A practical, user-friendly approach to school law supported by carefully constructed information that is of immediate interest to classroom teachers, supervisors and school administrators.
Maps out the court's decision-making process in an easy-to-understand format
Illustrates the key aspects of a legal issue through case-studies in every chapter
Explains complex cases with succinct case briefs that target legal laypersons and comprehensive chapter overviews that highlight important concepts
Encourages dialogue with accompanying discussion questions for each case brief and case study
Offers additional case briefs online at http://www.sagepub.com/aquilacasebriefs
Intended Audience: This book is designed for upper-level undergraduate and graduate students of school law and is a valuable resource for courses in school administration, supervision, and teacher education.
“I find this book to be a very well done, comprehensive text, with useful activities and exceptional case briefs” —Dr. Christine Villani, Southern Connecticut State University
“More than a comprehensive text, this is a reference work for any active school administrator. School Law for K–12 Educators will be found open on a desk more often than closed on the shelf.” —Philip Huckins, New England College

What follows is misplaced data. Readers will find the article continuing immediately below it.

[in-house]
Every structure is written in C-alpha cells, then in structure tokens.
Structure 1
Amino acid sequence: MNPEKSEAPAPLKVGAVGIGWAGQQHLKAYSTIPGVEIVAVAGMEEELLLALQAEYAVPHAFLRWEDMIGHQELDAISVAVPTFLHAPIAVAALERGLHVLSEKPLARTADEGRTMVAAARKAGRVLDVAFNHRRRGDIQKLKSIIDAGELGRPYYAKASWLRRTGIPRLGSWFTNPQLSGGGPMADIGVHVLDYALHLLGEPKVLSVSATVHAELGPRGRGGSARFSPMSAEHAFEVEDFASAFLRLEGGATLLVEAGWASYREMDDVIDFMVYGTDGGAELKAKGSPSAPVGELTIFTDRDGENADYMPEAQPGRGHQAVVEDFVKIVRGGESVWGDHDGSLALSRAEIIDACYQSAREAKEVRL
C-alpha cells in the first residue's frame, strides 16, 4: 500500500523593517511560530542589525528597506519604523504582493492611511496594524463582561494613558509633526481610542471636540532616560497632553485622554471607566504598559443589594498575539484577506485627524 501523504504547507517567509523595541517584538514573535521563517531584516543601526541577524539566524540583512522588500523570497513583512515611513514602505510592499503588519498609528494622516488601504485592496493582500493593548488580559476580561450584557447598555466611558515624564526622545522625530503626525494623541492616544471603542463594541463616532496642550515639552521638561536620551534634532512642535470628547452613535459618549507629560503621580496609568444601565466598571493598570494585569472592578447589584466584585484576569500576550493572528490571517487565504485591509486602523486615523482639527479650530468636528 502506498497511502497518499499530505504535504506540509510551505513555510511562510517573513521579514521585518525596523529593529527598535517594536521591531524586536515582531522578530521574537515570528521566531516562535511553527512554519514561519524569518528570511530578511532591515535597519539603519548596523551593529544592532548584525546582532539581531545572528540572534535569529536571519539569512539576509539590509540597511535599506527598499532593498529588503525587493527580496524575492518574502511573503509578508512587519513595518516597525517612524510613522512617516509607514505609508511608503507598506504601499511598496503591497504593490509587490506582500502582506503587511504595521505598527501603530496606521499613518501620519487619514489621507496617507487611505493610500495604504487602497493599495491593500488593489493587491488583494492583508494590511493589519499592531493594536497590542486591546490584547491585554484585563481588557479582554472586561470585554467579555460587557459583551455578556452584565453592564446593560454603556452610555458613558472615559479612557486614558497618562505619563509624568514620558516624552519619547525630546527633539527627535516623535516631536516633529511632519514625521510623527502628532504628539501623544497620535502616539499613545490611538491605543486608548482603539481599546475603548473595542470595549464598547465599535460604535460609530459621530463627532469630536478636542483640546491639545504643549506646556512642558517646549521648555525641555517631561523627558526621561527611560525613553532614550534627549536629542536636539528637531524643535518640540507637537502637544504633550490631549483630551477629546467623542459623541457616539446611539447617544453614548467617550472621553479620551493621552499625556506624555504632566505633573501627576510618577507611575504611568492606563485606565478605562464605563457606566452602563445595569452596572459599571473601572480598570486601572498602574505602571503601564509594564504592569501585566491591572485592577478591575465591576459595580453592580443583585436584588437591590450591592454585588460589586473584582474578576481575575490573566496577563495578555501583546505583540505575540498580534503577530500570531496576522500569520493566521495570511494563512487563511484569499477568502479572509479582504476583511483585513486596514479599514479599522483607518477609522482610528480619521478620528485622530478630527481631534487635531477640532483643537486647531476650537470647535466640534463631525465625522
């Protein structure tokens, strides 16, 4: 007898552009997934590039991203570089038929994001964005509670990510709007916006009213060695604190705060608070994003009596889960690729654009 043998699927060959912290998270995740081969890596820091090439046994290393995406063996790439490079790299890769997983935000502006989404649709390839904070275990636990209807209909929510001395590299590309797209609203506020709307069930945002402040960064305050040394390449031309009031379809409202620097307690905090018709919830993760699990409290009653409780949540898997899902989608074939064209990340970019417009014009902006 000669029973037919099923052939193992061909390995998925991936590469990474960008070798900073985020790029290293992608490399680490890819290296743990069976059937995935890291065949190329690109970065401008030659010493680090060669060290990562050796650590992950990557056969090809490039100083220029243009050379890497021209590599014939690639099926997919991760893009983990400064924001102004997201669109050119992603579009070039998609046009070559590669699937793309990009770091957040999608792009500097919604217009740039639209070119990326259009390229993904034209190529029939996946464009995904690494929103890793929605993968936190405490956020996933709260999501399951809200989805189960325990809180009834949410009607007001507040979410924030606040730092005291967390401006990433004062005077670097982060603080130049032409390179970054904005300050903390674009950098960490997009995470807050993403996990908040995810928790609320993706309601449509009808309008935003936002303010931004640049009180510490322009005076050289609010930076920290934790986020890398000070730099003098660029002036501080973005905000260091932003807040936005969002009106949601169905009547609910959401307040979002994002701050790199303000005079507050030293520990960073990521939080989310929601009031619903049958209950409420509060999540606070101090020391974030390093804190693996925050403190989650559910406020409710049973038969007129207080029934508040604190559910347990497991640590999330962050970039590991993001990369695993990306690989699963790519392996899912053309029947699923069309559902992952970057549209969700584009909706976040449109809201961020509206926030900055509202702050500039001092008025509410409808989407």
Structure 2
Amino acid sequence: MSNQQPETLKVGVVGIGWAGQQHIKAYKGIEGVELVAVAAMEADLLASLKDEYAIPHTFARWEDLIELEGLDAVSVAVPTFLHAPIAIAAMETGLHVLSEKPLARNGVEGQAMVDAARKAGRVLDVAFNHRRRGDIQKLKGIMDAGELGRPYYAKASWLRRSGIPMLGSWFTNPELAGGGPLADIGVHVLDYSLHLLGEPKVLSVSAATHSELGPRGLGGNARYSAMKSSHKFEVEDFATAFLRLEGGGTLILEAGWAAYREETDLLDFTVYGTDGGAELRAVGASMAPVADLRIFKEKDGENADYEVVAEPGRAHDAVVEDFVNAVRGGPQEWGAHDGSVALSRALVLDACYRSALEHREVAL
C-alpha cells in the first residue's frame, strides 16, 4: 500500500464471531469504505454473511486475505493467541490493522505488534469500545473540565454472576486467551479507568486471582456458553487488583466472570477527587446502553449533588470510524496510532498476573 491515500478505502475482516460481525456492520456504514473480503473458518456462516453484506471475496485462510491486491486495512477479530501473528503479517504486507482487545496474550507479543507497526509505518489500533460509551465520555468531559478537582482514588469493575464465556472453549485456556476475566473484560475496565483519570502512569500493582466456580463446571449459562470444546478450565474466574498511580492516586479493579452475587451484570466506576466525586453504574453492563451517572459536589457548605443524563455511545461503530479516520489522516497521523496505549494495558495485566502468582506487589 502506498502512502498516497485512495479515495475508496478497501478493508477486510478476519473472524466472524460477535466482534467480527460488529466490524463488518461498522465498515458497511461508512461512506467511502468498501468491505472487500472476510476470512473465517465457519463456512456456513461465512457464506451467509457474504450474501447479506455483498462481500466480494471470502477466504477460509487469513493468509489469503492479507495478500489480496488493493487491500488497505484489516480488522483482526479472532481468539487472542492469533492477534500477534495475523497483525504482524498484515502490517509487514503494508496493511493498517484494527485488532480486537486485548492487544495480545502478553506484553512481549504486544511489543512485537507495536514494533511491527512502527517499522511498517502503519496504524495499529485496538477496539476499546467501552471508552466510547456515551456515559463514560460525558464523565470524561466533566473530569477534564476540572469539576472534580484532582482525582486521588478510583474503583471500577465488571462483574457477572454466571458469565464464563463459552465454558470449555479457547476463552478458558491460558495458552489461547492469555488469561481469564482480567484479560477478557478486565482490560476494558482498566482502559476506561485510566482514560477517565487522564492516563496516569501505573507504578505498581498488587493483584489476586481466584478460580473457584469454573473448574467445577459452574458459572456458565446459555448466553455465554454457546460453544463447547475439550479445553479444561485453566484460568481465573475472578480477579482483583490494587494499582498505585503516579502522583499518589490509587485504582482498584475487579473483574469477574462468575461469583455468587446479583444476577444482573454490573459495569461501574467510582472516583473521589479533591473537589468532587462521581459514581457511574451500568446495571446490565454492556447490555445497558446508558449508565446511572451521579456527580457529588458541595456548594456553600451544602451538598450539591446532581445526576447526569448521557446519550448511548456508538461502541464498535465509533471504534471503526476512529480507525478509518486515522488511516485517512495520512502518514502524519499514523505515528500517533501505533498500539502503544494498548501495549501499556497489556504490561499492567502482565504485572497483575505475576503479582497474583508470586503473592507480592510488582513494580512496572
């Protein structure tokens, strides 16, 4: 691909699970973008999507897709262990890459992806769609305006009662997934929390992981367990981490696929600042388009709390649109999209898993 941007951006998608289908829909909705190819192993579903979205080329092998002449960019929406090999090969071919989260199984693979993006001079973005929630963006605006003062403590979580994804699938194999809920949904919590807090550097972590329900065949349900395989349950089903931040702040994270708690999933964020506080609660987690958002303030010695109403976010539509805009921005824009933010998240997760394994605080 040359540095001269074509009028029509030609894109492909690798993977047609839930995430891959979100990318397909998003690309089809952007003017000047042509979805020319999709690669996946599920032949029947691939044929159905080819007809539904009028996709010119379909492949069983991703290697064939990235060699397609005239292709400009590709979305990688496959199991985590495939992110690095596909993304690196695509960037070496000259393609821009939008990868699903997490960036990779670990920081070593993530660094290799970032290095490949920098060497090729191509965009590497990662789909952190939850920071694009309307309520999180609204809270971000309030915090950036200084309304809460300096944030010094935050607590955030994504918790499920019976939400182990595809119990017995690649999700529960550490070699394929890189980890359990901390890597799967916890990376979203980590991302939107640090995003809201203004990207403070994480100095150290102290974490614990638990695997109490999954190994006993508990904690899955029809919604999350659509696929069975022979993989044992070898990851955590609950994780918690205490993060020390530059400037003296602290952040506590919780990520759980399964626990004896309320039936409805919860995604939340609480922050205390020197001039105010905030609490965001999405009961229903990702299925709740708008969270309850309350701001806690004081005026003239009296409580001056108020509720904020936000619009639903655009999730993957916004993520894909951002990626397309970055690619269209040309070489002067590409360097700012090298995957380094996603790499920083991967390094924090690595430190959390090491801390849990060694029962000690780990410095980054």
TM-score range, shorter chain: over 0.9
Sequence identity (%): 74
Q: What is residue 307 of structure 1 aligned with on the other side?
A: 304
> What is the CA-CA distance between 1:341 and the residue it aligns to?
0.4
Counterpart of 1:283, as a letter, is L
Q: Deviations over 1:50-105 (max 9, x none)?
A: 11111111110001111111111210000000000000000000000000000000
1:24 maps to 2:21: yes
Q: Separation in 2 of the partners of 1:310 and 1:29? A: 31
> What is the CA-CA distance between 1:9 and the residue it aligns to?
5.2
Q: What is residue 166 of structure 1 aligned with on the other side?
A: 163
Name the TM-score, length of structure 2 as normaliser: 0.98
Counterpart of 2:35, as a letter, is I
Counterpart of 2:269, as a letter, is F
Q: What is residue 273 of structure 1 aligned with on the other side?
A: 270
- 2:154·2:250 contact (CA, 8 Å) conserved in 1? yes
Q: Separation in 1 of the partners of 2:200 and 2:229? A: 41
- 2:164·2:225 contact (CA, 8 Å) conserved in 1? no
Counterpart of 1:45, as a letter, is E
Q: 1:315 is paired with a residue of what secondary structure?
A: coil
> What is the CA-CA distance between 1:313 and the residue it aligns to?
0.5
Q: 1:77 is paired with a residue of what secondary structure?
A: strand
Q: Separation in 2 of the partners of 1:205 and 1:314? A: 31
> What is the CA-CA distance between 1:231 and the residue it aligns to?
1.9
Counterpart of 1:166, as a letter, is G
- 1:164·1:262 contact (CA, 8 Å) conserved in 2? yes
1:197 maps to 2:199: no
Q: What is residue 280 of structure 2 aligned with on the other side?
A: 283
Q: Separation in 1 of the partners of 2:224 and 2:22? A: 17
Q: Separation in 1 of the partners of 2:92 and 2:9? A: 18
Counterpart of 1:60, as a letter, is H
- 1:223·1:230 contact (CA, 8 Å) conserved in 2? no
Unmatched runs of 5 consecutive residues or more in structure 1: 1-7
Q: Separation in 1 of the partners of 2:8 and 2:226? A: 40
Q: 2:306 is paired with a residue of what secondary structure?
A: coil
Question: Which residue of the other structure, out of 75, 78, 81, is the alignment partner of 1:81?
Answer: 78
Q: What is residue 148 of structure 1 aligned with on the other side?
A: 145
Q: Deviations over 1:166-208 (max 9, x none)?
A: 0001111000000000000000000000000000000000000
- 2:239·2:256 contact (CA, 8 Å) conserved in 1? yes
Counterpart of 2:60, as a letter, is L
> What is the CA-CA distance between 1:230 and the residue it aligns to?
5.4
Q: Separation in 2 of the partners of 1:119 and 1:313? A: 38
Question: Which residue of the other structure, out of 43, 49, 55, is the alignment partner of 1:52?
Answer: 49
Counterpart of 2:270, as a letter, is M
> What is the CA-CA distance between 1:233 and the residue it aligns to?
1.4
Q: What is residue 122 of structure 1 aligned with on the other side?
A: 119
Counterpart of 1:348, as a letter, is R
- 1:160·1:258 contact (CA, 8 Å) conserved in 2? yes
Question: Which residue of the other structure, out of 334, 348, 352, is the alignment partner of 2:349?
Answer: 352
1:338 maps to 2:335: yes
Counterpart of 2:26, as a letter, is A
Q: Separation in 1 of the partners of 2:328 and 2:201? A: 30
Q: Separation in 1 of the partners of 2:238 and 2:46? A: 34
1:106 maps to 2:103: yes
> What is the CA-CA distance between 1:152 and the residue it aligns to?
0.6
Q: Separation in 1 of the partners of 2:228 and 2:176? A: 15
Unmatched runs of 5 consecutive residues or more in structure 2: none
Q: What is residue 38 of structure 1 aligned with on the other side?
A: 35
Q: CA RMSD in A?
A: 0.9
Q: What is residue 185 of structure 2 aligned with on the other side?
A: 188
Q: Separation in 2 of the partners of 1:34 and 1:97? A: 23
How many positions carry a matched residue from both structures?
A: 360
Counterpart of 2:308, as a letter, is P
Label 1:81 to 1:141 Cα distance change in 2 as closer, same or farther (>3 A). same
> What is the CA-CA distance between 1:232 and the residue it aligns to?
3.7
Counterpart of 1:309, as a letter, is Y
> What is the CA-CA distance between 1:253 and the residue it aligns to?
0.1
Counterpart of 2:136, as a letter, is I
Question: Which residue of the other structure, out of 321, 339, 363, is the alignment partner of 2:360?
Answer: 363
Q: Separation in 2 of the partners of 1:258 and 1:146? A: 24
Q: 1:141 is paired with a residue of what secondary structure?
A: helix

“The greatest strength is presentation of facts, narratives, cases, in a concise format with discussion questions and topics” —Audrey M. Clarke, California State University, Northridge
“This comprehensive resource is thoughtfully designed with a focus on legal currency and relevancy. The case briefs enhance an already distinctive textbook.” —Bradley Vance Balch, Indiana State University
“Well done book, comprehensive, and easy to read for educators. The most exceptional portion of this book are the case studies, and the exceptionally well done case briefs, excellent instructional tools.” —Dr. Christine Villani, Southern Connecticut State University
Congress shall make no law respecting an establishment of religion or prohibiting the free exercise thereof.
From the latter half of the twentieth century until the present, church-state relationships have provided the most volatile battleground for Supreme Court activity as well as public controversy. Whether it was the intent of the framers of the Constitution to sever religious and civil activities or merely to prohibit state-supported religion or discrimination is open to debate. That debate will undoubtedly continue. The most recent debate, beginning in the 1940s, has been over the proper interpretation of the establishment and free exercise clauses. Now, at the start of the new millennium, the issue remains controversial, with litigation continuing to expand and emotions growing more ...